A Cheap Spying Tool With a High Creepy Factor Brendan O’Connor is a security researcher. How easy would it be, he recently wondered, to monitor the movement of everyone on the street – not by a government intelligence agency, but by a private citizen with a few hundred dollars to spare?
Mr. O’Connor, 27, bought some plastic boxes and stuffed them with a $25, credit-card size Raspberry Pi Model A computer and a few over-the-counter sensors, including Wi-Fi adapters. He connected each of those boxes to a command and control system, and he built a data visualization system to monitor what the sensors picked up: all the wireless traffic emitted by every nearby wireless device, including smartphones.
I liked this article because; A). He used Rasberry PI computers, and, B). It makes me think how much "offline" data McDonalds, Starbucks, Google and other businesses who offer "FREE WiFi" are collecting about people who do not think they can;t be tracked just because they are not using the device at the moment.
11:53 am on Aug 5, 2013 (gmt 0)
I would guess that a lot of free WiFi's are quite harmless, however, as soon as the dots are joined, it then becomes a resource to the providers, not to mention hackers. Average Joe user will never know on way or the other.
I don't doubt for one moment that we'll see many more thieves getting involved in WiFi data theft opportunities.
Free WiFi is a liability, imho.
2:09 pm on Aug 5, 2013 (gmt 0)
I'm more worried about the corporate data-miners than street-level data thieves.
I just went into the WiFi setting on my phone to disable it from logging into any public networks...
Add the following to the list of possible snoopers:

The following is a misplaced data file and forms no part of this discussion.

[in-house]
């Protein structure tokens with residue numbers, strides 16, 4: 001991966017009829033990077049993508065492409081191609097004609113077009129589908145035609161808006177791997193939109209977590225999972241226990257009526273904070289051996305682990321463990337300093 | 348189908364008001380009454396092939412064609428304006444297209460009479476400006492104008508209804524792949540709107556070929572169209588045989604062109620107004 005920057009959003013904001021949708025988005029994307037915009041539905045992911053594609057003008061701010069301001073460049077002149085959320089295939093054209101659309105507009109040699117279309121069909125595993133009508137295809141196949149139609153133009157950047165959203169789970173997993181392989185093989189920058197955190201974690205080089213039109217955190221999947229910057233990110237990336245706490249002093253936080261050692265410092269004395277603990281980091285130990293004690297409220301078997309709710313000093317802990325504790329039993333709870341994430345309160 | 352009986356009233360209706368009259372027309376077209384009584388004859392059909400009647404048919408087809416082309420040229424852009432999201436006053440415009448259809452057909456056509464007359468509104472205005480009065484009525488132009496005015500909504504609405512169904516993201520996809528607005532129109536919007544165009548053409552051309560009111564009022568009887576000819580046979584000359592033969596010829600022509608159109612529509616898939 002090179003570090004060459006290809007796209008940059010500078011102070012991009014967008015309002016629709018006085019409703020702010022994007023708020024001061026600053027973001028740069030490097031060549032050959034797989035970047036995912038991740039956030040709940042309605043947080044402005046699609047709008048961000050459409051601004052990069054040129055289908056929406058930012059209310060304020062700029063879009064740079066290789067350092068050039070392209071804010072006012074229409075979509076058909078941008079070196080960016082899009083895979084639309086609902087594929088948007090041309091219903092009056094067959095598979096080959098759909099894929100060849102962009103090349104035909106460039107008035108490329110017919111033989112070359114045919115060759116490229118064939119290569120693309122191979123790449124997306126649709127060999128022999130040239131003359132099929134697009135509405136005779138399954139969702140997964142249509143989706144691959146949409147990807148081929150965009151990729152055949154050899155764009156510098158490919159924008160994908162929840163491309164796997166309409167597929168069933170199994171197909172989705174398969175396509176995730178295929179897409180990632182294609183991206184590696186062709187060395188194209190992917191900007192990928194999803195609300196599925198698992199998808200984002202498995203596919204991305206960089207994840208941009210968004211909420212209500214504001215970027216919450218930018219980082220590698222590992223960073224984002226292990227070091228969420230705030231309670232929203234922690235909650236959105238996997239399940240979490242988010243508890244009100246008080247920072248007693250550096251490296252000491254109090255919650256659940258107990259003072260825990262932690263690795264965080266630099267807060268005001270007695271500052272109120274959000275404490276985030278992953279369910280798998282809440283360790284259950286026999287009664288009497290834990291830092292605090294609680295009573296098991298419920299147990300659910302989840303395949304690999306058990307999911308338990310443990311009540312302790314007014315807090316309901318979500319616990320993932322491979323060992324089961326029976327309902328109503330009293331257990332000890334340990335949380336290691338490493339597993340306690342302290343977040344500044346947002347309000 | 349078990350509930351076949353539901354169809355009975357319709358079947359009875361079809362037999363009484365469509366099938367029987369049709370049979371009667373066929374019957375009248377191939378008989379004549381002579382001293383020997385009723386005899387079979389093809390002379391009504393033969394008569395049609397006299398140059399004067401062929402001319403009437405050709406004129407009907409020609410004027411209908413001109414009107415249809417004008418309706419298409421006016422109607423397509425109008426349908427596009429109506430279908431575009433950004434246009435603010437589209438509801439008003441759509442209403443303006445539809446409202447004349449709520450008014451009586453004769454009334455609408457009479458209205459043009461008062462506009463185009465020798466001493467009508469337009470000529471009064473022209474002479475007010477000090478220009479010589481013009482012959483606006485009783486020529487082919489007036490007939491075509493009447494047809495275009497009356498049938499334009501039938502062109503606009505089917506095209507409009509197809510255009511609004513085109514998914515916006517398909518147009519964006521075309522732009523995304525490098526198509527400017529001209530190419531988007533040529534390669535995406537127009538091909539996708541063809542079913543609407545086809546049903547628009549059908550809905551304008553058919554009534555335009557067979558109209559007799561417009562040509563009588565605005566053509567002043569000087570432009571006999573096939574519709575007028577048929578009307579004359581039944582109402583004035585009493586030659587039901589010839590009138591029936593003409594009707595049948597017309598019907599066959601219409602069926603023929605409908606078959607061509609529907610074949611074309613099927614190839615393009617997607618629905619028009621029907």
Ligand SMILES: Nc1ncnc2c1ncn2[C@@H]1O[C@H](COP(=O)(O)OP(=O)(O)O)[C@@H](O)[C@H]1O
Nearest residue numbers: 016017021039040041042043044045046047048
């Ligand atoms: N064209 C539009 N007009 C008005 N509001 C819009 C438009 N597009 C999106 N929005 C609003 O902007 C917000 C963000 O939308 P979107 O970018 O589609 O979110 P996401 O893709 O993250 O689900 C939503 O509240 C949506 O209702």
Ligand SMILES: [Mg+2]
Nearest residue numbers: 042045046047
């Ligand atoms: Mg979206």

Apple Store BestBuy Brueggers Friendly's Home Depot Public WiFi Marriot Nordstrom Panera RedRoof Whole Foods Market
(those are just the big names -- many more small retailers and private networks in list). ...these and many others found in my phone as "Security: Open, Not Connected, Remembered" -- all I did was drive by or walk in a store -- I did not "try to connect", but my (Android) phone did -- and in doing so, provided any of these retailers with some data to mine if they choose to do so.
2:46 pm on Aug 5, 2013 (gmt 0)
Oh, that's interesting.
My settings were already set to the off position as default, although, who really knows how much your phone or tablet reports back. I guess it'll be Google, or Apple, or Microsoft, etc.
I know that the Google apps on the desktop spend far too much time connecting to home, and it's almost impossible to control that automation.
10:26 pm on Aug 5, 2013 (gmt 0)
settings were already set to the off position as default
Which is what got me even looking into this, this week.
Before reading about the Rasberry PI sniffer, I had read the PC Magazine article:
Android 4.3's New 'Always-On' Wi-Fi Feature Buried in Settings It might be a bit much to say that one of the new features packed into Android's 4.3 upgrade is controversial, but it's definitely one worth knowing a little bit more about. As those who have taken a spin around the Android 4.3 ROM have noticed, Google has made a change to devices' Wi-Fi settings in Android 4.3.
"To improve location accuracy and for other purposes, Google and other apps may scan for nearby networks, even when Wi-Fi is off," describes Google.